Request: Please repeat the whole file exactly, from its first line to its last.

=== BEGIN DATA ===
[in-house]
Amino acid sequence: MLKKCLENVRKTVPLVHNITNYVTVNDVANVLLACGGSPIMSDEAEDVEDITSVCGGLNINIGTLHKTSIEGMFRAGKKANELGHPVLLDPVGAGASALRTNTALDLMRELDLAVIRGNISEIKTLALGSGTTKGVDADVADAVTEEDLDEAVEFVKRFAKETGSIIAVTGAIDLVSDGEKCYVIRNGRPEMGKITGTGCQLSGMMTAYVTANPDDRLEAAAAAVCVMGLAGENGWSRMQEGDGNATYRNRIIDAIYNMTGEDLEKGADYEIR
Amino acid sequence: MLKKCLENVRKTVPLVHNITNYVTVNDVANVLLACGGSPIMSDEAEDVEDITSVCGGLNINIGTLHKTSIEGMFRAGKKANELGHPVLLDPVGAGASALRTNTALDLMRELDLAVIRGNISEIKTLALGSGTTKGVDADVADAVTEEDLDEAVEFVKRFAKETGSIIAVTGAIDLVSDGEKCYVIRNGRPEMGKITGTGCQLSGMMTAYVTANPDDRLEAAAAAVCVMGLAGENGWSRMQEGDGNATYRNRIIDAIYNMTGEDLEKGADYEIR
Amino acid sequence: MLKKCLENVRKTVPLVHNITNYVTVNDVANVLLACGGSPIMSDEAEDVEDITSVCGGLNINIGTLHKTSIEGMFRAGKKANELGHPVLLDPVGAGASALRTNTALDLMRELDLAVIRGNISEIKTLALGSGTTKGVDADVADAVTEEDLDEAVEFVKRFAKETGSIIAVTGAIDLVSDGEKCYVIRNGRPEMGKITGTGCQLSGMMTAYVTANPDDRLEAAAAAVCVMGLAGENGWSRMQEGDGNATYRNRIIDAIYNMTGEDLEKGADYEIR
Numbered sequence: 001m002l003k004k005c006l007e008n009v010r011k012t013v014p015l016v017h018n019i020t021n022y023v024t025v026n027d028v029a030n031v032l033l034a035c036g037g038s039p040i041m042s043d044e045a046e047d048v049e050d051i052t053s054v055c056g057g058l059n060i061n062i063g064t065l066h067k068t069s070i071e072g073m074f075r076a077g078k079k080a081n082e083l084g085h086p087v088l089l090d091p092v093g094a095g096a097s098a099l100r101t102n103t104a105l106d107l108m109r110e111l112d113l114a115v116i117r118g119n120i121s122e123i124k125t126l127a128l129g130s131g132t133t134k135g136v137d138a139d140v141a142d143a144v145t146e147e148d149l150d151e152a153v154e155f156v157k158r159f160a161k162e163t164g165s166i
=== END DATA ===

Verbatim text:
[in-house]
Amino acid sequence: MLKKCLENVRKTVPLVHNITNYVTVNDVANVLLACGGSPIMSDEAEDVEDITSVCGGLNINIGTLHKTSIEGMFRAGKKANELGHPVLLDPVGAGASALRTNTALDLMRELDLAVIRGNISEIKTLALGSGTTKGVDADVADAVTEEDLDEAVEFVKRFAKETGSIIAVTGAIDLVSDGEKCYVIRNGRPEMGKITGTGCQLSGMMTAYVTANPDDRLEAAAAAVCVMGLAGENGWSRMQEGDGNATYRNRIIDAIYNMTGEDLEKGADYEIR
Amino acid sequence: MLKKCLENVRKTVPLVHNITNYVTVNDVANVLLACGGSPIMSDEAEDVEDITSVCGGLNINIGTLHKTSIEGMFRAGKKANELGHPVLLDPVGAGASALRTNTALDLMRELDLAVIRGNISEIKTLALGSGTTKGVDADVADAVTEEDLDEAVEFVKRFAKETGSIIAVTGAIDLVSDGEKCYVIRNGRPEMGKITGTGCQLSGMMTAYVTANPDDRLEAAAAAVCVMGLAGENGWSRMQEGDGNATYRNRIIDAIYNMTGEDLEKGADYEIR
Amino acid sequence: MLKKCLENVRKTVPLVHNITNYVTVNDVANVLLACGGSPIMSDEAEDVEDITSVCGGLNINIGTLHKTSIEGMFRAGKKANELGHPVLLDPVGAGASALRTNTALDLMRELDLAVIRGNISEIKTLALGSGTTKGVDADVADAVTEEDLDEAVEFVKRFAKETGSIIAVTGAIDLVSDGEKCYVIRNGRPEMGKITGTGCQLSGMMTAYVTANPDDRLEAAAAAVCVMGLAGENGWSRMQEGDGNATYRNRIIDAIYNMTGEDLEKGADYEIR
Numbered sequence: 001m002l003k004k005c006l007e008n009v010r011k012t013v014p015l016v017h018n019i020t021n022y023v024t025v026n027d028v029a030n031v032l033l034a035c036g037g038s039p040i041m042s043d044e045a046e047d048v049e050d051i052t053s054v055c056g057g058l059n060i061n062i063g064t065l066h067k068t069s070i071e072g073m074f075r076a077g078k079k080a081n082e083l084g085h086p087v088l089l090d091p092v093g094a095g096a097s098a099l100r101t102n103t104a105l106d107l108m109r110e111l112d113l114a115v116i117r118g119n120i121s122e123i124k125t126l127a128l129g130s131g132t133t134k135g136v137d138a139d140v141a142d143a144v145t146e147e148d149l150d151e152a153v154e155f156v157k158r159f160a161k162e163t164g165s166i